§ Plans have been completed for the orderly release of men and women from the Armed Forces under a scheme which ensures fair treatment to serving men and women, and there has been a recent relaxation of the control over the employment of labour. Much progress has also been made with the arrangements for training men and women released from the Forces or from industrial war work and for compensating and resettling those who are disabled as a result of their service.
§ Steps have been taken, in close co-operation with the Governments of the United States, Canada and other Dominions, to overcome the grave shortages in world supplies of many essential foods. These, shortages make yet more necessary the vigorous and sustained efforts of the agricultural community and the men of the fishing fleets in providing food for my people.
§ The destruction of our homes by the enemy and the urgent need to concentrate our man-power for nearly six years on tasks directly connected with the prosecution of the war have led to a widespread shortage of houses. Energetic measures have already been taken to restore houses damaged by enemy attack and to prepare housing sites, and 1908 the maximum effort is being devoted to the production and erection of new houses. To this end arrangements have been made to augment the number of those available for house building both by special releases of building workers from other industries and from the Armed Forces and by the training of new recruits for the building industry.
§ I have given My assent to a number of measures which have been brought before you during the course of the year.
§ Legislation has been passed to provide for a scheme of family allowances, in which the families of serving men will be included. A measure has been passed to assist employers and workpeople in securing the wider observance of jointly agreed terms and conditions of employment and in maintaining reasonable standards of remuneration. A much needed reform has been effected in the law concerning contributory negligence. Henceforward a claimant who proves that his injury is due to another's fault will not fail to secure some compensation merely because a certain degree of fault is attributable to him. Among the Bills relating to Scotland which have received My assent is a measure to amend the law relating to education and to introduce reforms which will promote the progressive development of the educational system.
§ Provision has been made for the resumption of local elections, and reforms have been made in the law relating to the representation of the people. Effect has been given to the Report of the Boundary Commission for England regarding the division of abnormally large constituencies.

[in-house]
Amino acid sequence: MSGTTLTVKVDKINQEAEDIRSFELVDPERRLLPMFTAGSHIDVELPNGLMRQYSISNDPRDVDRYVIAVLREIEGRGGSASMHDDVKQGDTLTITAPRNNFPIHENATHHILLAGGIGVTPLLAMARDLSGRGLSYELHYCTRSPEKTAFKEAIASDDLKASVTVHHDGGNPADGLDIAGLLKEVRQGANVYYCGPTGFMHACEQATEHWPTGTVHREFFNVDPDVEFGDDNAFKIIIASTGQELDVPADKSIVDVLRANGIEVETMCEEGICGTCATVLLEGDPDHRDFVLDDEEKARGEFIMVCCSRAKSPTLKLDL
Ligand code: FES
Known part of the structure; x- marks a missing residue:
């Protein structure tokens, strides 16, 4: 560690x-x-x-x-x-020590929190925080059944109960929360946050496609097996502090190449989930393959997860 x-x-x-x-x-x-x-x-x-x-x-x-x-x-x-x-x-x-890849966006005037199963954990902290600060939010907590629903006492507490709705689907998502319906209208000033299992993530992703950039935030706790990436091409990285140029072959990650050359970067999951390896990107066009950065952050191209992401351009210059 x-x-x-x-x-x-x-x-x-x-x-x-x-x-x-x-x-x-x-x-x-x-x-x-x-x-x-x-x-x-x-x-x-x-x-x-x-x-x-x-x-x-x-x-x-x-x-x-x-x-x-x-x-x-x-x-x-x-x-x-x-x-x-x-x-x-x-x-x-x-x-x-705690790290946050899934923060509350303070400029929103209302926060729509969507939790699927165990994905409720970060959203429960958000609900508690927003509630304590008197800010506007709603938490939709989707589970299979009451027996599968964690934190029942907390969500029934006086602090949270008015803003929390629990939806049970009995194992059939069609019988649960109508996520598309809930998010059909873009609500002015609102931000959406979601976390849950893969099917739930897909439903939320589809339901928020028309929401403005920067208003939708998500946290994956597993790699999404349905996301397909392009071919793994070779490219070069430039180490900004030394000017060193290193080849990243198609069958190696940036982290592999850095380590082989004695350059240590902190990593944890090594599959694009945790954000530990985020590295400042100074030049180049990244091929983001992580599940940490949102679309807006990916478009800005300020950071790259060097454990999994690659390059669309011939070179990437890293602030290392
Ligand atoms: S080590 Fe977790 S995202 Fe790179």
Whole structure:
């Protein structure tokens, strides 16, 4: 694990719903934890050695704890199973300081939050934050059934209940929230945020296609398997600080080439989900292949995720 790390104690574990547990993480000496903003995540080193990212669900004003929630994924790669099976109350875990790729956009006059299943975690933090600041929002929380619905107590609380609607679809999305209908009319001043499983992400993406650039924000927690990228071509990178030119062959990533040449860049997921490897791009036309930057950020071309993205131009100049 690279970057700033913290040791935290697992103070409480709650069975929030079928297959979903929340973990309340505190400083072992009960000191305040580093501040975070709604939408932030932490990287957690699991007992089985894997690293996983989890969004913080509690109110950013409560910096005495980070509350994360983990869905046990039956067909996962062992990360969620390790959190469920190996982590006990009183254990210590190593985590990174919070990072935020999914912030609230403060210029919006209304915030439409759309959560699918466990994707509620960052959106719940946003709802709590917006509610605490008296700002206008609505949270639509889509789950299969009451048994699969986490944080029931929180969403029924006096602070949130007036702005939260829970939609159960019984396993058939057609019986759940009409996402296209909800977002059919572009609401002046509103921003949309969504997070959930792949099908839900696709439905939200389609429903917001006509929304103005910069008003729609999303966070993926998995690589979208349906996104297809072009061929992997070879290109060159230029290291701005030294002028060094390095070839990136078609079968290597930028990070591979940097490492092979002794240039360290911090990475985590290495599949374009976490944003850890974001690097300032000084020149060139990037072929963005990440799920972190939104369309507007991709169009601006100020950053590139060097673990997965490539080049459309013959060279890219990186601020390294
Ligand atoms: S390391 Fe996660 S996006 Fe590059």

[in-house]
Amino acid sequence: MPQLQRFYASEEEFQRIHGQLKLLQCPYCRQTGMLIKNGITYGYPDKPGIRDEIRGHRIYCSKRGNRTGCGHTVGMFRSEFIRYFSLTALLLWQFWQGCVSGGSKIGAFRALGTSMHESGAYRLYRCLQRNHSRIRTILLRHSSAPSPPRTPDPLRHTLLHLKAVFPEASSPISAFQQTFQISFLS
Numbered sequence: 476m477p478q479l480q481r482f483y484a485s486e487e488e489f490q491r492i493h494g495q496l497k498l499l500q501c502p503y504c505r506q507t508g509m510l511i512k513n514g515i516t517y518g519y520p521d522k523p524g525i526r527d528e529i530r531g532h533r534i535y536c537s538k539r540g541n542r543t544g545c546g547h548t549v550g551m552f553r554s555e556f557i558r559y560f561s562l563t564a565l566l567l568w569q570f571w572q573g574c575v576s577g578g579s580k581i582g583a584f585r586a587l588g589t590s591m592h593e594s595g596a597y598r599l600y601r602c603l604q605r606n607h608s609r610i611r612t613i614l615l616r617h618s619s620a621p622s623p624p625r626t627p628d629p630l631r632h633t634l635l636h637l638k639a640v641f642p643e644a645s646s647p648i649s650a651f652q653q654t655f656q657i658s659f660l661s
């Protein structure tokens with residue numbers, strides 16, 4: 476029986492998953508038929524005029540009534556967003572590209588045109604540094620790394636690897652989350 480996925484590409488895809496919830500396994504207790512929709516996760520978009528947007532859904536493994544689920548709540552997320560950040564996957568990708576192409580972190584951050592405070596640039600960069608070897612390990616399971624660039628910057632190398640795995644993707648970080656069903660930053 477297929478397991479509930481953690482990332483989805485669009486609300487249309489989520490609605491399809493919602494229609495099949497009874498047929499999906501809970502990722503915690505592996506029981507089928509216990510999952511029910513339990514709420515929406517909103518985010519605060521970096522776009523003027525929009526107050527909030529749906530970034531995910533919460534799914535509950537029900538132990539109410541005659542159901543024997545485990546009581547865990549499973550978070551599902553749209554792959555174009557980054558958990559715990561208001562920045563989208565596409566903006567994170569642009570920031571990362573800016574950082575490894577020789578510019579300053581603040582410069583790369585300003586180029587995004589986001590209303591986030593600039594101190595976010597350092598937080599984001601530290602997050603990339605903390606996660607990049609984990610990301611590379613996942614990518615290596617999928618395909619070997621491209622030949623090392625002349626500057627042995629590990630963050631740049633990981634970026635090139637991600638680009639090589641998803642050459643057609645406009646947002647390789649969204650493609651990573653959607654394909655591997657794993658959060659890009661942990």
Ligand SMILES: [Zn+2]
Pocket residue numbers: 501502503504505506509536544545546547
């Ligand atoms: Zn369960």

§ Measures have been passed to finance capital expenditure incurred by local authorities; to assist the improvement and equipment of modern industry by the reform of the income tax law; to extend export credit facilities; to maintain the use or value of assets created at the public expense on requisitioned or other land, and to provide for the maintenance of employment by a better distribution of industry.1909
§ Legislation has been passed to transfer to the Agricultural Ministers responsibility for forestry, with a view to promoting schemes of intensive afforestation; for continuing the functions of the Minister of Fuel and Power; and for the appointment of a Minister of Civil Aviation.
§ I have also given My assent to measures for the adjustment of local government areas in England and Wales; for the conservation of water resources and the better organisation of water supplies, and for the re-development of war damaged and obsolescent areas and the regulation of the price at which land can be acquired for public purposes in Scotland.
§ With you I thank Almighty God for the victories already granted to us, and I pray that His blessing may attend us in all our undertakings throughout the strenuous times that lie ahead.1910
§ Then a Commission for Proroguing the Parliament was read in the House of Lords:
§ After which the LORD CHANCELLOR said:
§ "My Lords and Members of the House of Commons:
§ By virtue of His Majesty's Commission, under the Great Seal, to us and other Lords directed, and now read, we do, in His Majesty's Name and in obedience to His Majesty's Commands, prorogue this Parliament to Tuesday, the third day of July, one thousand nine hundred and forty-five, to be then here holden; and this Parliament is accordingly prorogued until Tuesday, the third day of July, one thousand nine hundred and forty-five."
§ End of the Tenth Session (opened 29th November 1944) of the Thirty-Seventh Parliament of the United Kingdom of Great Britain and Northern Ireland, in the Eighth Year of the Reign of His Majesty King George the Sixth.